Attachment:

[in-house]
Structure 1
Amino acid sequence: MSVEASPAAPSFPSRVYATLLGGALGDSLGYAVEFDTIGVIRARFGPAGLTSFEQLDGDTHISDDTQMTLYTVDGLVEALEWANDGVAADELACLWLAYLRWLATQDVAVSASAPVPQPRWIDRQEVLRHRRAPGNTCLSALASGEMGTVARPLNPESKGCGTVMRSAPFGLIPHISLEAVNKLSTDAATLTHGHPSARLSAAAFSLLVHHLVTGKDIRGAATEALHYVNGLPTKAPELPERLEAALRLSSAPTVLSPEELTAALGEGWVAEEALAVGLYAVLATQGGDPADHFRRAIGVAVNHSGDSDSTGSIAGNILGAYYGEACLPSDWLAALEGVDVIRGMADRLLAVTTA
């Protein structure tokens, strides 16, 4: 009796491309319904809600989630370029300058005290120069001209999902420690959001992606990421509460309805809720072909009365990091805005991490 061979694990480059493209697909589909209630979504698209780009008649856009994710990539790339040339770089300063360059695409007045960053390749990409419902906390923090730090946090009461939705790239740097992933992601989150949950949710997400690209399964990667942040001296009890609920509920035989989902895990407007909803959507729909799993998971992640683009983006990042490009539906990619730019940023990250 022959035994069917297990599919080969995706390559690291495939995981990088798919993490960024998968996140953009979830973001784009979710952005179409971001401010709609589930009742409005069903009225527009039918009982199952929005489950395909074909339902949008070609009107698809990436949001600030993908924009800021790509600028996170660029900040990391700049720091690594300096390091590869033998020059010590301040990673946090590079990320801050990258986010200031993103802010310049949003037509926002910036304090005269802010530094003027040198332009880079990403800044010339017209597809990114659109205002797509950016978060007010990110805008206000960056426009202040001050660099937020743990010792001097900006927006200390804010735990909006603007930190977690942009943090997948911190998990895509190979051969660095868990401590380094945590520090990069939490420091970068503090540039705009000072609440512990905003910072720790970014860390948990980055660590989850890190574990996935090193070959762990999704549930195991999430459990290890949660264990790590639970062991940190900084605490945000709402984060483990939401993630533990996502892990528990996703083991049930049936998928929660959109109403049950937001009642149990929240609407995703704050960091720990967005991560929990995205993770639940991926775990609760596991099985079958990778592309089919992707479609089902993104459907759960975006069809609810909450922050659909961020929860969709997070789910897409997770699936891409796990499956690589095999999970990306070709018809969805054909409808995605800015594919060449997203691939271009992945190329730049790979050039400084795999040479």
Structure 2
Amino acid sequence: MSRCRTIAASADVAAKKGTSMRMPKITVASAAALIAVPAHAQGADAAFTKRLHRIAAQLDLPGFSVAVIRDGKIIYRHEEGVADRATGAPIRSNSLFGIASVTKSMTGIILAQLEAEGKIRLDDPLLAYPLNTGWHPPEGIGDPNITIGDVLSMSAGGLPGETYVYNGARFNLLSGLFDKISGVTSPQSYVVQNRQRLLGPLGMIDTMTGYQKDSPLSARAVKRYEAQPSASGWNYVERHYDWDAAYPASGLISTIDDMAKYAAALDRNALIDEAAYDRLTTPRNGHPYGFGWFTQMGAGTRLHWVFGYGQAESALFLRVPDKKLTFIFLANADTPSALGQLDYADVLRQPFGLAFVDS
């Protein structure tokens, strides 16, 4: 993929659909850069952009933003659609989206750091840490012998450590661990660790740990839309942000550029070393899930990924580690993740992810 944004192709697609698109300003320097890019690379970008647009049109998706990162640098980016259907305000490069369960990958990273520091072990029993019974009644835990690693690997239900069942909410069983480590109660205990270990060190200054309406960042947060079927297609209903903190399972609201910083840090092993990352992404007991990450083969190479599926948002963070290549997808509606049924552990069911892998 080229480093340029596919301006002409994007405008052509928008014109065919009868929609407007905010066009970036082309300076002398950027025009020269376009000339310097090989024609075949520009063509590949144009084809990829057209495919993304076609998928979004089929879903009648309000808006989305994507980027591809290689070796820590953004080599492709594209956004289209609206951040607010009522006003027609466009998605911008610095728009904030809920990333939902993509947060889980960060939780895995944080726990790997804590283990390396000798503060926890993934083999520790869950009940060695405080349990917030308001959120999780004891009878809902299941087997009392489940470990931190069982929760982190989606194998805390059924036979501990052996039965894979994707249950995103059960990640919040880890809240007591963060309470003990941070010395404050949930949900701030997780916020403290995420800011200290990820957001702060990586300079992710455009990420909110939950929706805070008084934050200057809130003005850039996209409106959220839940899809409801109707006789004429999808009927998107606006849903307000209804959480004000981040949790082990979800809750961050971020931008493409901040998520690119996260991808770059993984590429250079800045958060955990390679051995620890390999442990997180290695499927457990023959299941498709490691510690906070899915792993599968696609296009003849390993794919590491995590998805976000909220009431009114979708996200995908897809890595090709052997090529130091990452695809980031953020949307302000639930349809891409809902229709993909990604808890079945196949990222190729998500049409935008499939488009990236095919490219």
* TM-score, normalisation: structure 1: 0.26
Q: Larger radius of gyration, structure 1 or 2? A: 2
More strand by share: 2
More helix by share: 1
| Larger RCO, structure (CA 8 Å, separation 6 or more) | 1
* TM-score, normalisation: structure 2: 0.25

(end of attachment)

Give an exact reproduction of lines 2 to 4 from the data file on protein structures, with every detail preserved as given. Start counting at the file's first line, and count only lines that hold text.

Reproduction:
Structure 1
Amino acid sequence: MSVEASPAAPSFPSRVYATLLGGALGDSLGYAVEFDTIGVIRARFGPAGLTSFEQLDGDTHISDDTQMTLYTVDGLVEALEWANDGVAADELACLWLAYLRWLATQDVAVSASAPVPQPRWIDRQEVLRHRRAPGNTCLSALASGEMGTVARPLNPESKGCGTVMRSAPFGLIPHISLEAVNKLSTDAATLTHGHPSARLSAAAFSLLVHHLVTGKDIRGAATEALHYVNGLPTKAPELPERLEAALRLSSAPTVLSPEELTAALGEGWVAEEALAVGLYAVLATQGGDPADHFRRAIGVAVNHSGDSDSTGSIAGNILGAYYGEACLPSDWLAALEGVDVIRGMADRLLAVTTA
């Protein structure tokens, strides 16, 4: 009796491309319904809600989630370029300058005290120069001209999902420690959001992606990421509460309805809720072909009365990091805005991490 061979694990480059493209697909589909209630979504698209780009008649856009994710990539790339040339770089300063360059695409007045960053390749990409419902906390923090730090946090009461939705790239740097992933992601989150949950949710997400690209399964990667942040001296009890609920509920035989989902895990407007909803959507729909799993998971992640683009983006990042490009539906990619730019940023990250 022959035994069917297990599919080969995706390559690291495939995981990088798919993490960024998968996140953009979830973001784009979710952005179409971001401010709609589930009742409005069903009225527009039918009982199952929005489950395909074909339902949008070609009107698809990436949001600030993908924009800021790509600028996170660029900040990391700049720091690594300096390091590869033998020059010590301040990673946090590079990320801050990258986010200031993103802010310049949003037509926002910036304090005269802010530094003027040198332009880079990403800044010339017209597809990114659109205002797509950016978060007010990110805008206000960056426009202040001050660099937020743990010792001097900006927006200390804010735990909006603007930190977690942009943090997948911190998990895509190979051969660095868990401590380094945590520090990069939490420091970068503090540039705009000072609440512990905003910072720790970014860390948990980055660590989850890190574990996935090193070959762990999704549930195991999430459990290890949660264990790590639970062991940190900084605490945000709402984060483990939401993630533990996502892990528990996703083991049930049936998928929660959109109403049950937001009642149990929240609407995703704050960091720990967005991560929990995205993770639940991926775990609760596991099985079958990778592309089919992707479609089902993104459907759960975006069809609810909450922050659909961020929860969709997070789910897409997770699936891409796990499956690589095999999970990306070709018809969805054909409808995605800015594919060449997203691939271009992945190329730049790979050039400084795999040479």